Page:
What is it like to replicate a successful social business? Meet Narmin, founder of SPEAK Kaunas

Narmin is the founder of SPEAK in Kaunas, a social business originally founded in Portugal that she decided to replicate in Lithuania. Learn about the highs and lows of replicating from Narmin’s experience, her advice to others, and why it’s all about believing in the project. We found her story very motivating and we hope it inspires you too!

What is SPEAK?

SPEAK is an impact venture that connects migrants and refugees with locals living in the same city. We organize community-led online and offline language groups and cultural exchange events.

How did you get involved with SPEAK?

I first got involved with SPEAK during my Bachelor's. I did a summer internship abroad with SPEAK in Lisbon.

I really liked their mission and the idea of bringing newcomers together with locals in such a nice way, because personally I’ve traveled quite a lot and I’ve done a couple of exchange and Erasmus programs, so I know the struggle every time you arrive in a new place.

When I was doing my internship with SPEAK, I started realizing how useful it would be to have such a community in Kaunas and how it was missing.

SPEAK Kaunas - Lithuanian language group session

What is the best part about replicating a proven social business?

The best part is that you don't have to do everything from scratch because everything on the operations side is done. This means you can focus on the main tasks.

Another great part is getting support from the central team as well as understanding their approaches for different situations.

It's most likely that whatever we are experiencing as founders in new cities has already happened in the main cities. So we can learn either from their mistakes or their achievements.

What is the most challenging part?

The main struggle was getting the word about SPEAK out to the city. You need to earn the trust of people before they will pay for a language group. That was quite challenging and maybe still is a bit because we have a lot of free events happening in Kaunas. You have to really prove yourself to ask for something in return.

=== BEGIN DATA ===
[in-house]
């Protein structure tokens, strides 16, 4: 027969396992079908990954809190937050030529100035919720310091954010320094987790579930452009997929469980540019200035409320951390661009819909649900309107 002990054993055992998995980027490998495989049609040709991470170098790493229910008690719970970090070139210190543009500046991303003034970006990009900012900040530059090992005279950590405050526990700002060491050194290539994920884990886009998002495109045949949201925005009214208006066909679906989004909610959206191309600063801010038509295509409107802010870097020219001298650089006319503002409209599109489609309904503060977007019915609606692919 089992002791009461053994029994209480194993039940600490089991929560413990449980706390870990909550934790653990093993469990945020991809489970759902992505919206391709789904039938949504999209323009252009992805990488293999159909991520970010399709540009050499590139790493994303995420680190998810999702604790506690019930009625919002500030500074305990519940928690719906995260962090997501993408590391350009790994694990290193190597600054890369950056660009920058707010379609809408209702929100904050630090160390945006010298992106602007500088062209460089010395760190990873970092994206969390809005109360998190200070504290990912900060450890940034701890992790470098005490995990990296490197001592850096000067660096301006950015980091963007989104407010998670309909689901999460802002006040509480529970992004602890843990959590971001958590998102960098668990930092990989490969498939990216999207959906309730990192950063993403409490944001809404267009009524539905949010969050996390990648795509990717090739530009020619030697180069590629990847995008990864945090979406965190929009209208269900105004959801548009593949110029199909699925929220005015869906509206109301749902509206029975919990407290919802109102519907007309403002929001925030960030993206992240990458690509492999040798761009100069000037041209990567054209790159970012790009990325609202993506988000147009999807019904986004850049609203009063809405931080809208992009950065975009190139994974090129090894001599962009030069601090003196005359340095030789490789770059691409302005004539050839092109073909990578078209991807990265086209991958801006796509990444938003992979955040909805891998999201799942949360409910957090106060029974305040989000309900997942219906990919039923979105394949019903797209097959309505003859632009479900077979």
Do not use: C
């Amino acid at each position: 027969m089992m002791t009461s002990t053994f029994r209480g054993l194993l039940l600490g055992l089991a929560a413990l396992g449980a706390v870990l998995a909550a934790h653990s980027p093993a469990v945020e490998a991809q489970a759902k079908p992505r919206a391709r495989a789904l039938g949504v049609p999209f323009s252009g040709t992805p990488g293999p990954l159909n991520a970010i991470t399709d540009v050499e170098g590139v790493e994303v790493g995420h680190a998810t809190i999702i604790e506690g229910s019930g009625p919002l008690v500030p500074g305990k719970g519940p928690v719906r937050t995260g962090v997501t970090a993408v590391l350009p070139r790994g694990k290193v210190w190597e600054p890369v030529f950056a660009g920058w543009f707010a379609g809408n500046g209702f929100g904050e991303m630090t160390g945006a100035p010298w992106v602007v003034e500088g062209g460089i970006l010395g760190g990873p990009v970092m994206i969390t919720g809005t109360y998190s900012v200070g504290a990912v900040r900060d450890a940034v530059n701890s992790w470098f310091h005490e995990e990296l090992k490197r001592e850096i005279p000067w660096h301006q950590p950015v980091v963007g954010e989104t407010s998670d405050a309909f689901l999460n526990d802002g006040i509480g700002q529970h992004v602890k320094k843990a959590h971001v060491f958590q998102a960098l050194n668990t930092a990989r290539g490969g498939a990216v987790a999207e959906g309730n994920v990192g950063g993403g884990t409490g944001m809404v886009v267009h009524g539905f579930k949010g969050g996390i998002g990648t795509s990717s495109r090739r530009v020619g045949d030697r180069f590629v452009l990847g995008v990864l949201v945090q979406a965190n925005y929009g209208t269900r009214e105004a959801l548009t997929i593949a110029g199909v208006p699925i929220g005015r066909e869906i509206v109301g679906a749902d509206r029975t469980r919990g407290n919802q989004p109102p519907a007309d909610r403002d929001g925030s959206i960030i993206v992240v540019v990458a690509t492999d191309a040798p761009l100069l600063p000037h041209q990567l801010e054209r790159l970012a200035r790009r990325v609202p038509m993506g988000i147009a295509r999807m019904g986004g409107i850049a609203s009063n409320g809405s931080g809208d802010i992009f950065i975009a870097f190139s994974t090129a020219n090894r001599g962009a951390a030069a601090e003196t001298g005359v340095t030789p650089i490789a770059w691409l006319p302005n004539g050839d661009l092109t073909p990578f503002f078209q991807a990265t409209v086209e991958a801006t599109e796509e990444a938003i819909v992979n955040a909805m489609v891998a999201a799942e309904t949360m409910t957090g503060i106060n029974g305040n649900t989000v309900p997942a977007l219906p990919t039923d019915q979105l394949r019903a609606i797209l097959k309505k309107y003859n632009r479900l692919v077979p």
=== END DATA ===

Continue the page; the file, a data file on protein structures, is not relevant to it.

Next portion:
Another challenge was that I had to do a lot of things out of my comfort zone.

Maybe you're not confident about something because you’ve never done it before, but then once you’ve done it, it starts to come naturally to you.

The more you see results, the more confident you get. And the more you believe in the project, the more you can convince others to join as well!

What do you wish you had known when starting out?

I wish I would have known more about financial management. For me, first comes the happy faces, then comes the money part that helps to make more happy faces. Now I have to think logically and strategically. I understand that if we want to create a bigger impact, then we also need to generate some financial sustainability.

What benefits do you see in replicating compared to starting on your own?

  1. You already have a team. The team might not be in your city, but it's an extended team, and you get all the support that you need in the way of mentorship. You also have access to the network of other founders around the world, which is great.

  2. Another benefit is that most things have been already thought of and done to make your life easier!

If you start something from scratch, then you need much more time to launch it, test it, validate it, and then go to market. But with replicating, you can already just start.

What doubts or fears did you have before starting to replicate?

With SPEAK, there are specific goals and targets created for new SPEAK cities and I thought, “I don't know if I can manage or not, but I'm going to give it a try because I have seen this already. I experienced being part of a language group when I was in Portugal, so I know that it is a really amazing community and a really amazing project”.

SPEAK at Fair

What advice would you give to someone who would like to replicate a proven social business in their region?

When you start from scratch by yourself, then you spend a lot of time on the project and if it doesn't work, then you have to destroy the whole work you have done. But if you’re replicating a project and it doesn't work, then it's usually not the end of the world.

If you see a need for a specific project in your city or in the country where you are living and you are not sure about replicating, I think you should still give it a try.

Kaunas2022 Happiness Day - We all smile in the same language

Final thoughts?

You don't have to be a business developer or anything! I graduated in informatics, so it had nothing to do with business.

The main thing is to believe in the idea. If you do, then the rest comes by itself.


This blog post is part of an interview series on replicating successful social businesses. Did you enjoy this post? Discover more in our interviews with Tania from SPEAK Madrid and Matovu from We Love Reading Uganda.

👉 Want to replicate SPEAK in your region? Or another successful social business? Check out the Snowball Effect programs here!